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Butter Gets a Pat on the Back

From the Show: HER
Summary: Put an end to butter shaming. It's time to start enjoying this churned goodness.
Air Date: 5/15/17
Duration: 27:15
Host: Michelle King Robson and Pam Peeke, MD
Guest Bio: Elaine Khosrova, Author
Elaine KhosrovaElaine Khosrova is an independent writer who specializes in stories about food history and gastronomic culture.

A former pastry chef and fellowship student at the Culinary Institute of America, Elaine holds a BS in food and nutrition. She began her career in food publishing as a test kitchen editor at Country Living magazine, followed by staff positions at Healthy Living, Classic American Home, and Santé Magazine.

In 2007, she received a Gold Folio journalism award, and in 2008 she became the founding editor of Culture, a national consumer magazine about specialty cheese that continues to serve cheese enthusiasts. She's contributed to numerous national food and lifestyle publications, as well as the forthcoming Oxford Companion to Cheese.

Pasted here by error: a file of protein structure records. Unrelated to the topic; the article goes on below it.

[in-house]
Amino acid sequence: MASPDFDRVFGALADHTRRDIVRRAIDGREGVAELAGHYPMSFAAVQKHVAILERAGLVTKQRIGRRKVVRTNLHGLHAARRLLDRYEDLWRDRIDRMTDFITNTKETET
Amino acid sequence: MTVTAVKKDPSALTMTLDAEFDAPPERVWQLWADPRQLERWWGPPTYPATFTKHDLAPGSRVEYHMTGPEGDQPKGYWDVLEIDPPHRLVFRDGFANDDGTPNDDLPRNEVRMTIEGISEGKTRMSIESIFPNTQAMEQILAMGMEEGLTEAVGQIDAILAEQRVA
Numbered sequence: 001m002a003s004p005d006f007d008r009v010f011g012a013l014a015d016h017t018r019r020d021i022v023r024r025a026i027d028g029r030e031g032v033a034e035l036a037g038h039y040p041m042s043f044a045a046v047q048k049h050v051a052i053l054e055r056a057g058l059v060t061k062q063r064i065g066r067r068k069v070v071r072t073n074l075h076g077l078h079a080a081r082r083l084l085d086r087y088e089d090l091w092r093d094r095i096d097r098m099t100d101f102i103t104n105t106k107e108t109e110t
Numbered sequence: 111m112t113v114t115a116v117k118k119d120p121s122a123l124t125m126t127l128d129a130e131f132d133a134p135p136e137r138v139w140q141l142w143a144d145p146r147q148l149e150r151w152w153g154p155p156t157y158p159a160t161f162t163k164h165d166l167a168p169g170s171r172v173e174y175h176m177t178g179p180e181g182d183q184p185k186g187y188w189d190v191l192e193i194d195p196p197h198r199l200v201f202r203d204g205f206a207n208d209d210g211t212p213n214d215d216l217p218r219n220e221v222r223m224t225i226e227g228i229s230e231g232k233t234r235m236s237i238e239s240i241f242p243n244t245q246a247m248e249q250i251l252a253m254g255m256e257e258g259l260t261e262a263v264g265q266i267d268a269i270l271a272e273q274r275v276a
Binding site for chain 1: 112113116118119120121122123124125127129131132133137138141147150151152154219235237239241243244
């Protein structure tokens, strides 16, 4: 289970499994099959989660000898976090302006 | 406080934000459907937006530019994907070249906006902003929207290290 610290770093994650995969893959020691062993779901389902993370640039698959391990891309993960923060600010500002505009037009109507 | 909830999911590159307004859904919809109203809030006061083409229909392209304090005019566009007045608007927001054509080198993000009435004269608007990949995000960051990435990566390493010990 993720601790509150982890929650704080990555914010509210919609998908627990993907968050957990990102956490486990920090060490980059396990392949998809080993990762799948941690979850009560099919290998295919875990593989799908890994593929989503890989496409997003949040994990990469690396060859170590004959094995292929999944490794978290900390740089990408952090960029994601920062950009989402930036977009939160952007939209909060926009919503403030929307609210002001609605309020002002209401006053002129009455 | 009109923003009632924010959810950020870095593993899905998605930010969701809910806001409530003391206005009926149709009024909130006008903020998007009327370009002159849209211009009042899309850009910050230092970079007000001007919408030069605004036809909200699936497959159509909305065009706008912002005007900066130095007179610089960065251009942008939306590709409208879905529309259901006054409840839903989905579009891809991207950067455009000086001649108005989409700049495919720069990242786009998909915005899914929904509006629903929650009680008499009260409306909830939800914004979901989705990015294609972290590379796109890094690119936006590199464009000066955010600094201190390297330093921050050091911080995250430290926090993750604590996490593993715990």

After many excursions into the world of dairy for the sake of cheese lit, Elaine left Culture magazine in 2013 to begin research on her book about butter -- the first and only publication (thus far) to chronicle the life and times of this beloved fat. Her butter chase took Elaine throughout the United States and to France, Ireland, India, Bhutan, and Canada. She's never been the same.

An avid cook, baker, traveler, camper, cyclist, and musician, Elaine lives with her family in New York's Hudson Valley.
Butter Gets a Pat on the Back
Butter has gotten a bad rap over the past 15-plus years. It’s time to set the record straight so you can enjoy butter without guilt.

For a buttery experience like our ancestors enjoyed, seek out butter from grass-fed cows. You can also try butter from sheep and yaks.

Butter is filled with goodness. One-third of the fat in butter is the same as the saturated fat you find in olive oil. Butter contains vitamin K and conjugated lineolic acid (CLA). It also has many micronutrients.

A little dab of butter will do. It’s so satisfying, you don’t need much of it. Moderate amounts can be used for cooking and baked potatoes. Limiting your sweets will reduce your overall fat intake, allowing you to partake in golden goodness.

Listen as butter expert Elaine Khosrova joins Dr. Pamela Peeke to praise the merits of butter.

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